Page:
With European Parliament elections on the horizon in early June of this year, EU lawmakers are eager to advance as many key policy files on the legislative agenda as possible. This urgency remains relevant to ambitious climate and energy action, with several significant developments prevailing already in 2024.
Of paramount importance on the Commission’s climate agenda is the simultaneous announcement of the European carbon management strategy and the widely discussed 2040 climate target on 6 February. At this stage, the draft document for the carbon management strategy points to three distinct carbon capture goals to support the EU in achieving its climate neutrality objectives: proposing the sequestration of at least 50 million tonnes of CO2 per year by 2030, 200 million tonnes of annual storage (MTA) by 2040, and 450 million MTA by 2050. Significantly, the actualisation process for carbon removal projects can take several years, resulting in a heightened sense of urgency to initiate the key technological and regulatory steps at the earliest opportunity. Moreover, the EU is also in the process of formulating its 2040 intermediate climate target. As outlined by the current draft, if the EU pushes ahead with the expected 90% emissions reduction target for 2040, the bloc’s fossil fuel use for energy would see a decrease of 80% by the same year.
Furthermore, negotiations on the Net-Zero Industry Act (NZIA), the only initiative of the Green Deal Industrial Plan yet to reach a provisional political agreement, are steadily progressing despite divided opinions on a clean technology target. The target, introduced by the European Parliament, seeks at least 25% of the yearly global demand for clean technology to be produced in the EU. However, a number of member states view this target as an ineffective tool for boosting the EU’s access to clean technologies, pointing to the primary focus of the legislation towards safeguarding sufficient domestic production rather than global, to ensure the demand needed for achieving EU climate targets is met. Nevertheless, the Belgian Presidency remains optimistic that a final deal will be agreed upon during the next negotiation on 6 February.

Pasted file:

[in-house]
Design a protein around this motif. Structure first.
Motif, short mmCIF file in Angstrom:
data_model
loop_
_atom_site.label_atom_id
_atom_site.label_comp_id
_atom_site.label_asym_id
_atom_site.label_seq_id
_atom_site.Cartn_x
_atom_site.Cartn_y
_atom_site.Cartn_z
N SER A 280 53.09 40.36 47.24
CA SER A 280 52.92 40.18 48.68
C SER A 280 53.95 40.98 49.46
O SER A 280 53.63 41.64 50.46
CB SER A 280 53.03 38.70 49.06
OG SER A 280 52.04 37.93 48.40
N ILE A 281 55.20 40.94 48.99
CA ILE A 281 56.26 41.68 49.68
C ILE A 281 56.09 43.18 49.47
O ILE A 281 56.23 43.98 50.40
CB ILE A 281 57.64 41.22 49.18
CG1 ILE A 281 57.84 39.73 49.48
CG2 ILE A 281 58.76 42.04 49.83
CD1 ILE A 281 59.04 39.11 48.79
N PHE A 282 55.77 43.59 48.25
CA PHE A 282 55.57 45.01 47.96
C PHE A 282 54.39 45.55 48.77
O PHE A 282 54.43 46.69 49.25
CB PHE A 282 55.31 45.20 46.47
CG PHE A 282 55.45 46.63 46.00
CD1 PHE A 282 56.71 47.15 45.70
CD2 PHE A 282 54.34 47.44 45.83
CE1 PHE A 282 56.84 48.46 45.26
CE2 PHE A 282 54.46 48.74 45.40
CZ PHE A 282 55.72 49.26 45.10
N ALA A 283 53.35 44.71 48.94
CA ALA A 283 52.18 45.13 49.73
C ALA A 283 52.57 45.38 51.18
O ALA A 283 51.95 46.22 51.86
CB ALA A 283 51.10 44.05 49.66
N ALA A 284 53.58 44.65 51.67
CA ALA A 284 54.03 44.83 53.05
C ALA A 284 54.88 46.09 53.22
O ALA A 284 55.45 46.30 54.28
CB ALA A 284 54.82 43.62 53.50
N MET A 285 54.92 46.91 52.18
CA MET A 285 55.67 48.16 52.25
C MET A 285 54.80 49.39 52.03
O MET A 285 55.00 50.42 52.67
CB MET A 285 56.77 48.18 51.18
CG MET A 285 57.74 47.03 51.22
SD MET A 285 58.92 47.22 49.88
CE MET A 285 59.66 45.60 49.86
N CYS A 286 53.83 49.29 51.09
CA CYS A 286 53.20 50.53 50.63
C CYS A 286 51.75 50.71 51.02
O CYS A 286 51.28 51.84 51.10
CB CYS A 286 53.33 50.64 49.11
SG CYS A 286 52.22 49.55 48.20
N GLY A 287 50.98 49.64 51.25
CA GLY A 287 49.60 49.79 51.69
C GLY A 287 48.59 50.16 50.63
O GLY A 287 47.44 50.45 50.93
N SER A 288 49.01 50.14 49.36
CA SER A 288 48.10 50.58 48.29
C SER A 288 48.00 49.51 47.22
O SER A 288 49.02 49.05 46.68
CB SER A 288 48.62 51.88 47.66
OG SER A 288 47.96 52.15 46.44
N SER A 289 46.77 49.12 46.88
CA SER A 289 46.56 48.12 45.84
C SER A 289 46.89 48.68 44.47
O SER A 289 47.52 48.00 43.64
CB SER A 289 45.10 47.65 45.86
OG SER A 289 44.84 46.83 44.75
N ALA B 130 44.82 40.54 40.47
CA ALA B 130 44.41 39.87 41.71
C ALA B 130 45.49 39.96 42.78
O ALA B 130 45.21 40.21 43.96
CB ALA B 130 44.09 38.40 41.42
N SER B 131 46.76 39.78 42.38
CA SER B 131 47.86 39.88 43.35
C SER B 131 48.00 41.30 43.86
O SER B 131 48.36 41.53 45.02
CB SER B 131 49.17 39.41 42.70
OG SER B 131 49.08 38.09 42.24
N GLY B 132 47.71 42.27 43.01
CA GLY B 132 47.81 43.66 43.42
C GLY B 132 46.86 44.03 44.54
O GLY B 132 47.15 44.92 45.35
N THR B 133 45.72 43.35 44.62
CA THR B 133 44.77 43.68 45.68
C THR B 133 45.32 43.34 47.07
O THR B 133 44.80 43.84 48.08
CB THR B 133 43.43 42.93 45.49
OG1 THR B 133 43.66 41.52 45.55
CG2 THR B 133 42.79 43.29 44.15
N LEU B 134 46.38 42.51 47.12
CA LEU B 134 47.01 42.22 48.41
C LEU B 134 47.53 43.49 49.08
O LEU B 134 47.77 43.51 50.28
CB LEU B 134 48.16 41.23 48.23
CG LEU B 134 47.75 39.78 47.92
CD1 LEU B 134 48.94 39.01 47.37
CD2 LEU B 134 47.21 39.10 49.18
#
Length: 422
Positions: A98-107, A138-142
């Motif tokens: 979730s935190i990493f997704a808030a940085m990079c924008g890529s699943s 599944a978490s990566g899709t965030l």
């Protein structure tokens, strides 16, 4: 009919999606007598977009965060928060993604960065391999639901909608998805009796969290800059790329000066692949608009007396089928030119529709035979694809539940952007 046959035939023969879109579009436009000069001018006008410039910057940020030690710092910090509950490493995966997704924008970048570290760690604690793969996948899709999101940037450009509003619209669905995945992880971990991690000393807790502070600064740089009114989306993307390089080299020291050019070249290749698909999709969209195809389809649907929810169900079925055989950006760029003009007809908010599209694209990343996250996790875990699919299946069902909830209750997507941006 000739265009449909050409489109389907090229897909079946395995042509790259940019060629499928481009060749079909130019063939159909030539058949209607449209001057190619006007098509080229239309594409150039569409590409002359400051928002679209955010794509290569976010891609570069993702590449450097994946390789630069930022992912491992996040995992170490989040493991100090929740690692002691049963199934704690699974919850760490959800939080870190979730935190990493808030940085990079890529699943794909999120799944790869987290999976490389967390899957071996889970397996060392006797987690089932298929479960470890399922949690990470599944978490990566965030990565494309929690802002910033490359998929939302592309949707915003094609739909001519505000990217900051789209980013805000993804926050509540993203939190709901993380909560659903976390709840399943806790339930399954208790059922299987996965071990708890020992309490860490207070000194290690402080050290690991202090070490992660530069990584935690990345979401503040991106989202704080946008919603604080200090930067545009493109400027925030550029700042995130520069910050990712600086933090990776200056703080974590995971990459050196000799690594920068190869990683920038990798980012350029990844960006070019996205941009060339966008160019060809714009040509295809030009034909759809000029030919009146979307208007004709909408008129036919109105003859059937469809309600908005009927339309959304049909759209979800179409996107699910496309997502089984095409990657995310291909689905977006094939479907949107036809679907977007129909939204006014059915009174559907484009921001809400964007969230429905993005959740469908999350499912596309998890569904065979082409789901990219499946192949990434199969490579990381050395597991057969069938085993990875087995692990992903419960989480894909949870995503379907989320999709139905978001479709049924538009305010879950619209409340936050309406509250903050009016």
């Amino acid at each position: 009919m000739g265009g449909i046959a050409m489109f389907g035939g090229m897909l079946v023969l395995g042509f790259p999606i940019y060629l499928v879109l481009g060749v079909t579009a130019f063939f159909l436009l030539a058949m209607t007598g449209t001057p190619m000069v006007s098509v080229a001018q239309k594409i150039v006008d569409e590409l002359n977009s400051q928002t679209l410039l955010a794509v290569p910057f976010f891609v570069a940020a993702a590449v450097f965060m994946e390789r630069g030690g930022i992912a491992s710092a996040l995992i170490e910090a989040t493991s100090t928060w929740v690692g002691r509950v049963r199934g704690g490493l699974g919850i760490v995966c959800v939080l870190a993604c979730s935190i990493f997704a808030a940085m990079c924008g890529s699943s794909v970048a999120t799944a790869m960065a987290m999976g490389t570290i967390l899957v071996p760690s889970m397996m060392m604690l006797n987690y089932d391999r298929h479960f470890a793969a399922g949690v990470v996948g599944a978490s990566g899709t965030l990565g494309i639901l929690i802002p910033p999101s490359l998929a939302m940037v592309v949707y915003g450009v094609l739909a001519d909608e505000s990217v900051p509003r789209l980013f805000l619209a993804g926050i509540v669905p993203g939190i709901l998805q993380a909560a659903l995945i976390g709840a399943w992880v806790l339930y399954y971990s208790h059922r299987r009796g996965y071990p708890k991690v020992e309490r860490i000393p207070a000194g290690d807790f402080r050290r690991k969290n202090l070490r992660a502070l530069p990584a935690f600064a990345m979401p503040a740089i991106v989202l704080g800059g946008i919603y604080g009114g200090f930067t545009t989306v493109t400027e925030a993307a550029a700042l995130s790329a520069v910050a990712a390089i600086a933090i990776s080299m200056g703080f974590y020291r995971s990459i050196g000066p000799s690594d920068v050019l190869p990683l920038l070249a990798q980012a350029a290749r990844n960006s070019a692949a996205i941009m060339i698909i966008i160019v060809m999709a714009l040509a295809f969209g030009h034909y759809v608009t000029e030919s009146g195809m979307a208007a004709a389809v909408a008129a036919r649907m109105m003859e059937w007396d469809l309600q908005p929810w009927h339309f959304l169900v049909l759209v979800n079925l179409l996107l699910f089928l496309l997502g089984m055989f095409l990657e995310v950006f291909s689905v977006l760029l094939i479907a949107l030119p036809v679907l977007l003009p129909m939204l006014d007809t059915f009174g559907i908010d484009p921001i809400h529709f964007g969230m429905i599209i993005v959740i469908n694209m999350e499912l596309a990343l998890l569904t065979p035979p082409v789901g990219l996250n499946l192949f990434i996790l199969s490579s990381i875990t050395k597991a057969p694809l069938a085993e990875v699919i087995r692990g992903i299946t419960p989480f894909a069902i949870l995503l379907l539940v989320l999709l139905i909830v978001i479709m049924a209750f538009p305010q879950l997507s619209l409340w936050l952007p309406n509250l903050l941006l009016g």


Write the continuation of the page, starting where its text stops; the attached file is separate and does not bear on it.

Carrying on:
Another significant policy file under scrutiny concerns geothermal energy and its role in the clean energy transition. In this regard, the European Parliament on 18 January voted in favour of a resolution calling for the establishment of an EU strategy on geothermal energy, aiming to expedite its deployment and increase investments in the technology. Finally, noteworthy developments on renewables are emerging from ENTSO-E, the European association for the cooperation of transmission system operators (TSOs), which launched its Offshore Network Development Plans (ONDPs) on 23 January. By compiling data from member states, ENTSO-E has determined that EU countries have upcoming project plans for 354 GW of offshore renewables by 2050, surpassing the Commission's target of 300 GW by 2050 outlined in its offshore renewable energy plan from 2020.